Popayán, Colombia- I’m on my final countdown of days before I return to the States and I’ve saved the best country for last. At least I think Colombia has the possibility of being one of my favorite countries in Latin America. I have yet to hear a fellow traveler say anything bad about the country [...]
I’m on my final countdown of days before I return to the States and I’ve saved the best country for last. At least I think Colombia has the possibility of being one of my favorite countries in Latin America. I have yet to hear a fellow traveler say anything bad about the country and most want to go back and get starry eyed when speaking of their time here.
Like my border crossing into Ecuador my crossing into Colombia would also take two days. It could be done in one but things get a bit dodgy once you get into Colombia from the border to Pasto. It’s not a road you want to travel on at night according to my guidebook and every Ecuadorian and Colombian I’ve met and talked to on the subject. So, six and a half hours of buses one day and eight hours of buses the next put me into the city of Popayán, Colombia.
I’ve taken longer bus trips but these hours on the bus moved by so slowly that each hour felt like two. As normal, the scenery out the window of my bus was gorgeous. Jagged but lush, green mountains eased into rolling hills as I approached the Colombian border. The clear blue sky slowly gave way to storm clouds which provide the perfect backdrop to the shock of color arcing through the sky as a rainbow took shape. Ecuador gave me a memorable sendoff.
I crossed the border just as it was dark and I settled into the border town of Ipiales which wasn’t a bad place to spend a night before moving on to Popayán. My first impression of Popayán had me somewhat on edge. The ride to the city included three military check points. The last of which involved frisking everyone on-board, searching through all of our bags and thoroughly inspecting all compartments and the bottom of the bus for drugs. Once in town a helicopter spent the evening circling overhead and I counted a dozen soldiers carrying large semi-automatic rifles standing on street corners and bridges as I walked from the bus station to the hostel. Umm…what is going on in this city?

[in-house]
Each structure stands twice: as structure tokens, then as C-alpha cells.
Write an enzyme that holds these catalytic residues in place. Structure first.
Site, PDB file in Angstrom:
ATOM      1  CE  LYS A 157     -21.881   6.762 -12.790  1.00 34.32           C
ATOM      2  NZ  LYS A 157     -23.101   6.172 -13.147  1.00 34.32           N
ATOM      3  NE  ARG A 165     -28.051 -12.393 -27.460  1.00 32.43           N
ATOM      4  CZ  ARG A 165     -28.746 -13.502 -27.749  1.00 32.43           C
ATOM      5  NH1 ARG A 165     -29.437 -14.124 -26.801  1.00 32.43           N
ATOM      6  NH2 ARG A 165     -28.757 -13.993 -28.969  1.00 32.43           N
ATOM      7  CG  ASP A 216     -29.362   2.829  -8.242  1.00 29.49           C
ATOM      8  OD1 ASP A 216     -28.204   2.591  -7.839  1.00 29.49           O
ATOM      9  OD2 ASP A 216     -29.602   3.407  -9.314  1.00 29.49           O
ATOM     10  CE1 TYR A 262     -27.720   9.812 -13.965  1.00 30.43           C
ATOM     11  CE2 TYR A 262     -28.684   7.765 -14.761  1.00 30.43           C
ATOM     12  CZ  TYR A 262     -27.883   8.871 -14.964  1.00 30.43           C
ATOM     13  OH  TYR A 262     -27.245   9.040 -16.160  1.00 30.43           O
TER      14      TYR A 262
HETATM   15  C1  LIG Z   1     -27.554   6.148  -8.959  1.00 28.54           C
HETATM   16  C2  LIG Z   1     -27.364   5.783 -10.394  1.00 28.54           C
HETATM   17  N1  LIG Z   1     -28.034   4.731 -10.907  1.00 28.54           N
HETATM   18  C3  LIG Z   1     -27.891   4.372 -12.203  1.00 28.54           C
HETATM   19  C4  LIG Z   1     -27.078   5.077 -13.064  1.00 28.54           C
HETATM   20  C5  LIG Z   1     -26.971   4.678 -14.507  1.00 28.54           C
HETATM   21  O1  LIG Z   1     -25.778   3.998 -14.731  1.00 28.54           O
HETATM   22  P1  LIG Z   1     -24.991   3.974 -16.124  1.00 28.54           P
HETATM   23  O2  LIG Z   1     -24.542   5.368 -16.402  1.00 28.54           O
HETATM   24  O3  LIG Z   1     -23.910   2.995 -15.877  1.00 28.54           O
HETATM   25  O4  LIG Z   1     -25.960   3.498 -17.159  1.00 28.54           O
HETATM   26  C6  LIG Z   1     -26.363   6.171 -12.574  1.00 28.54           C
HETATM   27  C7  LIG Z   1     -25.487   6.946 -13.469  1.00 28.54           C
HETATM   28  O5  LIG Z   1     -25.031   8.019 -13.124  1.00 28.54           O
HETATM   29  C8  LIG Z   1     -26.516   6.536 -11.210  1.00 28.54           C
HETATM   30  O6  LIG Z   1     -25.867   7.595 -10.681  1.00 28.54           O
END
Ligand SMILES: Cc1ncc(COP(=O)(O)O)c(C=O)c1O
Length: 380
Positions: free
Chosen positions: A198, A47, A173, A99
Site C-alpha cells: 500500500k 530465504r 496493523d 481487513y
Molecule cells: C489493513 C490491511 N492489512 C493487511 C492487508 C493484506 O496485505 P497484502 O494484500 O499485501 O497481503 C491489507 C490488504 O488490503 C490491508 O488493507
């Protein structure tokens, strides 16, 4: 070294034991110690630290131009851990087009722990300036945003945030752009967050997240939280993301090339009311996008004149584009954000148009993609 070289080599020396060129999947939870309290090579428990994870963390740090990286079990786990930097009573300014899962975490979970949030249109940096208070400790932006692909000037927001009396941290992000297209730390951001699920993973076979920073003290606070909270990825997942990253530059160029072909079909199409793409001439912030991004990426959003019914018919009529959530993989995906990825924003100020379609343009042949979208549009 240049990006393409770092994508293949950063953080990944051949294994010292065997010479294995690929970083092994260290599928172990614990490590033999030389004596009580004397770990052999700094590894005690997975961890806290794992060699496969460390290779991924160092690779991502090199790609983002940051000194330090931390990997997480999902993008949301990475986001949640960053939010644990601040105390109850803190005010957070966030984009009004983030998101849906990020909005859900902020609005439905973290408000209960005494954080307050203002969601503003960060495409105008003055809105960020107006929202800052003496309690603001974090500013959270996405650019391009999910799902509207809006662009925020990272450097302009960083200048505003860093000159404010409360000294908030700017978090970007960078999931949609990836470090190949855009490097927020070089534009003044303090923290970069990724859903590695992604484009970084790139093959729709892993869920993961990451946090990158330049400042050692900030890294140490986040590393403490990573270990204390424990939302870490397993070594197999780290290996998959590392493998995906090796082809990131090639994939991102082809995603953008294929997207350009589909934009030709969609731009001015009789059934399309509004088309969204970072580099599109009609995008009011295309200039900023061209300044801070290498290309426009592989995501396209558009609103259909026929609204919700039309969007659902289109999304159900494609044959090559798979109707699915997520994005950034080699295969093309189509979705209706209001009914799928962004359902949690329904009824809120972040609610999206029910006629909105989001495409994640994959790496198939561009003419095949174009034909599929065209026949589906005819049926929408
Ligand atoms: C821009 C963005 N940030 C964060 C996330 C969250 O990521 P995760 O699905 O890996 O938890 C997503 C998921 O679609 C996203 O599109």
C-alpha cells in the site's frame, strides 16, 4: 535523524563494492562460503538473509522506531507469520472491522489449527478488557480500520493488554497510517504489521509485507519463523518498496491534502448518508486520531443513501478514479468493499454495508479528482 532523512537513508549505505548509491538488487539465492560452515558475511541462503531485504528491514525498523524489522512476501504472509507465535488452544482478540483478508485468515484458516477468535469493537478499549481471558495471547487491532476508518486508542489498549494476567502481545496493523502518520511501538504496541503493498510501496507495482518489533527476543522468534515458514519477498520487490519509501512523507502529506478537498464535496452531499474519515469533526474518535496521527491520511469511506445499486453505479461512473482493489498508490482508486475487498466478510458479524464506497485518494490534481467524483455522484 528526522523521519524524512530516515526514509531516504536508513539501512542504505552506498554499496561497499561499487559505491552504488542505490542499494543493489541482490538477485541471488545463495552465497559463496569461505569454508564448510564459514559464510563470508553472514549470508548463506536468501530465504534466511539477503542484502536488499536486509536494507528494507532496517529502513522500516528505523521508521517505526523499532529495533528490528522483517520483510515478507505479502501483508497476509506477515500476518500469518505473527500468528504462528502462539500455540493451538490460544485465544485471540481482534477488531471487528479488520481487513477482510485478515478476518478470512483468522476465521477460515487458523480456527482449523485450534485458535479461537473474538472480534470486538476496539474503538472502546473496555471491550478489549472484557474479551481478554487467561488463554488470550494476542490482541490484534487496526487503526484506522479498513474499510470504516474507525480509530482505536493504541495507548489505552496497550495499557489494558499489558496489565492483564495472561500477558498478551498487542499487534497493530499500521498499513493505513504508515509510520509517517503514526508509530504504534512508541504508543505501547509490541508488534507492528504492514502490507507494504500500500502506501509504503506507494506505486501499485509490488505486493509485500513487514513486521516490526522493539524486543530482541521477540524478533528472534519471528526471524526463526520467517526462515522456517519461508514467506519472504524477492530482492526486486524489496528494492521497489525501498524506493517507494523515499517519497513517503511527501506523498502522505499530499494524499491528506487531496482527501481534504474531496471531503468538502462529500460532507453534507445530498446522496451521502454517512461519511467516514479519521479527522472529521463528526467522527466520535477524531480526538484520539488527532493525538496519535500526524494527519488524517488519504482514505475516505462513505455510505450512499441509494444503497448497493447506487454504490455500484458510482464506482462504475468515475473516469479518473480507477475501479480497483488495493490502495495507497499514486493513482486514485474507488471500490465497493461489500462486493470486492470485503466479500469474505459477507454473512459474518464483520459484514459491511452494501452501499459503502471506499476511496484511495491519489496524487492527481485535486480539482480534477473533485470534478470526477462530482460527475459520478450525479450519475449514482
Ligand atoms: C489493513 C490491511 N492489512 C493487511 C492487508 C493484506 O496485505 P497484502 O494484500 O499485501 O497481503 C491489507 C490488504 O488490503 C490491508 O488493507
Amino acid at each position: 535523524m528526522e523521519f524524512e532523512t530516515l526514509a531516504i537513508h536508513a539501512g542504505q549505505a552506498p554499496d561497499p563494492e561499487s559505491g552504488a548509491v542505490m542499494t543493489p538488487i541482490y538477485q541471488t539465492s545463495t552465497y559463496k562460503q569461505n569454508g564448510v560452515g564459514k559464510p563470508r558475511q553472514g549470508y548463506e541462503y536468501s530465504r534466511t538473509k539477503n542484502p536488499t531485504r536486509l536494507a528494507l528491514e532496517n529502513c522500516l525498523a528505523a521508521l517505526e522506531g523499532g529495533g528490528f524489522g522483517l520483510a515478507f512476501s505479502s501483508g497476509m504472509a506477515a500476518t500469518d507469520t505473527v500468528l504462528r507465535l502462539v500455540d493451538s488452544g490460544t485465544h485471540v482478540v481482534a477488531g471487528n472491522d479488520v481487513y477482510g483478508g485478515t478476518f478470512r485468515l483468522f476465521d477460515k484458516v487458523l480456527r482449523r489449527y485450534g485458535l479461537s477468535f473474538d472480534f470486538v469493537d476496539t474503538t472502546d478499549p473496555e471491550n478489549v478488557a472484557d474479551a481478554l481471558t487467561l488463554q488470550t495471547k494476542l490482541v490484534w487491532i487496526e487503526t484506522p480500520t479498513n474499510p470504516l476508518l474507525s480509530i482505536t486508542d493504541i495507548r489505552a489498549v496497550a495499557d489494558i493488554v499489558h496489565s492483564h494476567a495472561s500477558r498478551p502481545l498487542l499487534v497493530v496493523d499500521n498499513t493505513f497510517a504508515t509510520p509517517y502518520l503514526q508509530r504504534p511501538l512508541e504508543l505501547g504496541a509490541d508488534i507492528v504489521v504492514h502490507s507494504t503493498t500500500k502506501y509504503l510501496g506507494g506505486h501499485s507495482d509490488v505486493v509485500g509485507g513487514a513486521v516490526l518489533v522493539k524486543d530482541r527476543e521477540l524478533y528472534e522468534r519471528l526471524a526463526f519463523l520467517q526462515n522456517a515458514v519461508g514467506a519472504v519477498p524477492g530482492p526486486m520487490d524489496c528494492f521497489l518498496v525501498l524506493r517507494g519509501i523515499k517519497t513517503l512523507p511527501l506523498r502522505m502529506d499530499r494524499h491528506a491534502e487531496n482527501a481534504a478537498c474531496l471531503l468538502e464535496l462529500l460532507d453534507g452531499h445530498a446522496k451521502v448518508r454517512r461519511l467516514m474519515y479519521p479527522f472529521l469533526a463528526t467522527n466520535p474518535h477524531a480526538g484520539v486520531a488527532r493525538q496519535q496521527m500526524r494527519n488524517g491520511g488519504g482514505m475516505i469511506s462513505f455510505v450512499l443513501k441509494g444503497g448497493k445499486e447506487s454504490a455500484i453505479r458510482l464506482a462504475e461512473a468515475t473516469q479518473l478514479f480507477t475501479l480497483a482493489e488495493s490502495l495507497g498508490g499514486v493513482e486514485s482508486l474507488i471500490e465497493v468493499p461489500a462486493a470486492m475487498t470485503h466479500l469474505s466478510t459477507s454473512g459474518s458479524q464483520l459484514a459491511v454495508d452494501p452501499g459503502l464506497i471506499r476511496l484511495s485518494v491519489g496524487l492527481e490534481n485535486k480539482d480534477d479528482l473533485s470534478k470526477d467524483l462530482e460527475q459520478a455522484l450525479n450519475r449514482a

Everyone around me was continuing on with their everyday lives as if nothing was the matter so I didn’t worry too much about it. The next day the checkpoints, helicopter and soldiers on the street corner had vanished and the city looked like any other in Latin America.
I probably would have moved on after a day if I hadn’t visited the nearby thermal baths and enjoyed the new types of food available in Colombia. It was just enough to keep me here for an extra day.
About That Food:
Ecuador’s food was nothing special. Sure they had a full variety of international food including Mexican, Indian, Lebanese and Chinese but there wasn’t anything about Ecuador’s food in and of itself that was interesting. Colombia changes all of this.
- Champús – Not my favorite. A chunky maiz drink mixed with pineapple, naranjilla and soursop with cinnamon and cloves. It looks a bit like puke in a glass and doesn’t taste so great.
- Salpicón – A strawberry flavored juice with chunks of pineapple, peach, banana and other tropical fruits. Very tasty. If you see a woman selling red juice with fruit floating in it on a street corner buy some.
- Arepa – This is one my favorite simple foods since the papusas in El Salvador. A thick, crunchy on the outside pancake of a white maiz cut in half and filled with cheese and whatever meat, vegetable or fruit you desire. Popayan is apparantly one of the better places to get these.
- Arequipe – Pretty much dulce de leche and just as tasty. I still can’t get enough of this stuff.
- Hot Chocolate and Cheese – Dunk a large chunk of cheese in hot chocolate and let it get soft and gooey before spreading it on cheese. That’s how the Colombians do it and it’s tasty.
Some Food Shots: